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Title: The evolution and diversification of the Australian Diurideae: Understanding the influence of genome size and chromosome number
Applicant: Ryan O’Donnell
Institution: The Australian National University Acton ACT 2601
The evolution and diversification of the Australian Diurideae: Understanding the influence of genome size and chromosome number
Encompassing approximately 1,010 species, the tribe Diurideae (Orchidaceae; Orchidoideae) contains the majority of Australian terrestrial orchid species. Recent phylogenomic work has begun to detangle the evolutionary history of this diverse tribe of orchids; however, our understanding of the genomic evolution of the group is still in its infancy. While genome size, ploidy, chromosome count, and nucleobase composition (GC content) have been implicated in diversification rate shifts and climatic adaptive potential across the Orchidaceae, the Diurideae have historically been underrepresented in previous investigations.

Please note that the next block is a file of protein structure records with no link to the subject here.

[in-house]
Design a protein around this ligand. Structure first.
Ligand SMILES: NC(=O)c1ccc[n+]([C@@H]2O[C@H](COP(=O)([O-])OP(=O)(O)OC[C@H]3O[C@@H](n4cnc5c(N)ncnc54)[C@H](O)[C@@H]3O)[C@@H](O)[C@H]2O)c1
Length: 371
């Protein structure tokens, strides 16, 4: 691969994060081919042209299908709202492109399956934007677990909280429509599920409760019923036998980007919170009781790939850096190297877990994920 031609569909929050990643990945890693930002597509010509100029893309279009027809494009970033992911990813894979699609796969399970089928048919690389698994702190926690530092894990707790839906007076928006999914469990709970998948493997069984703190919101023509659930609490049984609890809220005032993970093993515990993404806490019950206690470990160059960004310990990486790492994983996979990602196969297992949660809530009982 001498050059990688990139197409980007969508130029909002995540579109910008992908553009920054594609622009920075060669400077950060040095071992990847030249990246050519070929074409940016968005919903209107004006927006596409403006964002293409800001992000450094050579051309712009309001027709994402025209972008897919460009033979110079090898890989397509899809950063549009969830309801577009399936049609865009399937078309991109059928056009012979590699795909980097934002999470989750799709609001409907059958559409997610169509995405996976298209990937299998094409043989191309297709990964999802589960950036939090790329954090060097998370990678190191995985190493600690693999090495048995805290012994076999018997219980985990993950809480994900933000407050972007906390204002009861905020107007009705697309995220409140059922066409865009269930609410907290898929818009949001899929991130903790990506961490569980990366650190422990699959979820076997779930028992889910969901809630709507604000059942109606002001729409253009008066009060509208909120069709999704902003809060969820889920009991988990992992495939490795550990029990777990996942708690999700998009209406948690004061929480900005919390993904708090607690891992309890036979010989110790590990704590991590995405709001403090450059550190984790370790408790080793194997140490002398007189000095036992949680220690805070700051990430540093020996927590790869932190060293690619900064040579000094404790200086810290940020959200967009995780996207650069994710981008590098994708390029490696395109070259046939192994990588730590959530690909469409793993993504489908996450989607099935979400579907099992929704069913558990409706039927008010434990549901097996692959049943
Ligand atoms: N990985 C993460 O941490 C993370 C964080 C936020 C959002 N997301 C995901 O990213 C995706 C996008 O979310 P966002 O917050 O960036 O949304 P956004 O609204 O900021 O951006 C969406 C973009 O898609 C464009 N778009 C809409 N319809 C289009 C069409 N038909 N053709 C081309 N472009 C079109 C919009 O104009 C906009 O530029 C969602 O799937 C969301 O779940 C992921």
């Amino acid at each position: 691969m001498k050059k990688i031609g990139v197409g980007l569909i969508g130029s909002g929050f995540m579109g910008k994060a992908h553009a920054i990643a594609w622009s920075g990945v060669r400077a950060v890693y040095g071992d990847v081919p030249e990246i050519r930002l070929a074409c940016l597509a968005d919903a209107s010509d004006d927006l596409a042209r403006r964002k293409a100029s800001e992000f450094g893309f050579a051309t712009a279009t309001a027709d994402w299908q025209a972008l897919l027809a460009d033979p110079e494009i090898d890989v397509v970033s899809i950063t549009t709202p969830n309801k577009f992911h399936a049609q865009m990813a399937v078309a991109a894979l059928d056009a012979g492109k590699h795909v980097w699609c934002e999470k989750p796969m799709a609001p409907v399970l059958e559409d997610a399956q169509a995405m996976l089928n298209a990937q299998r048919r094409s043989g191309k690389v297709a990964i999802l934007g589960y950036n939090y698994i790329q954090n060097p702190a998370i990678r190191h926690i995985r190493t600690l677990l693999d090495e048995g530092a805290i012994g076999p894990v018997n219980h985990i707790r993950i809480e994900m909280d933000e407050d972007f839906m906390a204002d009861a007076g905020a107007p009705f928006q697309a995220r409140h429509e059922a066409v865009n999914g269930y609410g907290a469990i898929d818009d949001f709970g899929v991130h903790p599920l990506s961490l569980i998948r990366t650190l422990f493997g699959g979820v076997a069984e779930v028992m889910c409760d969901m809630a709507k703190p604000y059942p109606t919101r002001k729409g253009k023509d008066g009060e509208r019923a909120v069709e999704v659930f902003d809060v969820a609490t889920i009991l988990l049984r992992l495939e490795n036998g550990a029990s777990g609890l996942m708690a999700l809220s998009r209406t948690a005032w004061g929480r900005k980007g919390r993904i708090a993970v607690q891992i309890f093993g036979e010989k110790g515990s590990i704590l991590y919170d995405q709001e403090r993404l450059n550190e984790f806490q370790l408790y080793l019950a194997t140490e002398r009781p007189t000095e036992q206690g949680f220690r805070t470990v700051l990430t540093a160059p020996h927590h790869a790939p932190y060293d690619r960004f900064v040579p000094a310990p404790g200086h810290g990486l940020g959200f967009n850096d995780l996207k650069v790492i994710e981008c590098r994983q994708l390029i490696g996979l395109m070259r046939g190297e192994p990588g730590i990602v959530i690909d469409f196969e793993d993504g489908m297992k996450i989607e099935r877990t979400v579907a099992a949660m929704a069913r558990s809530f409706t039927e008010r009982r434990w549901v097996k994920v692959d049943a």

Recent genomic studies of the Diurideae have revealed substantial levels of genomic variation and diversity, which challenges the assumptions presented by previous studies. Nevertheless, there are still few genome size estimates across the Diurideae, which render a comprehensive understanding of genome size evolution within the group non-viable with existing datasets.
This Australian Orchid Foundation research grant will be used to perform flow cytometry to obtain genome size, ploidy, and GC content estimates for a subset of the Diurideae representing genera with known chromosome counts. We will then analyse these data within an evolutionary framework to gain a preliminary perspective into how genome size and chromosome number may be phylogenetically structured in the Diurideae, and whether there may be any correlation with environmental and climatic variables. The identification of which orchid groups are more or less susceptible to climatic change and fluctuations at a genomic level will allow for the development of more nuanced conservation and management plans that target orchid taxa most at risk.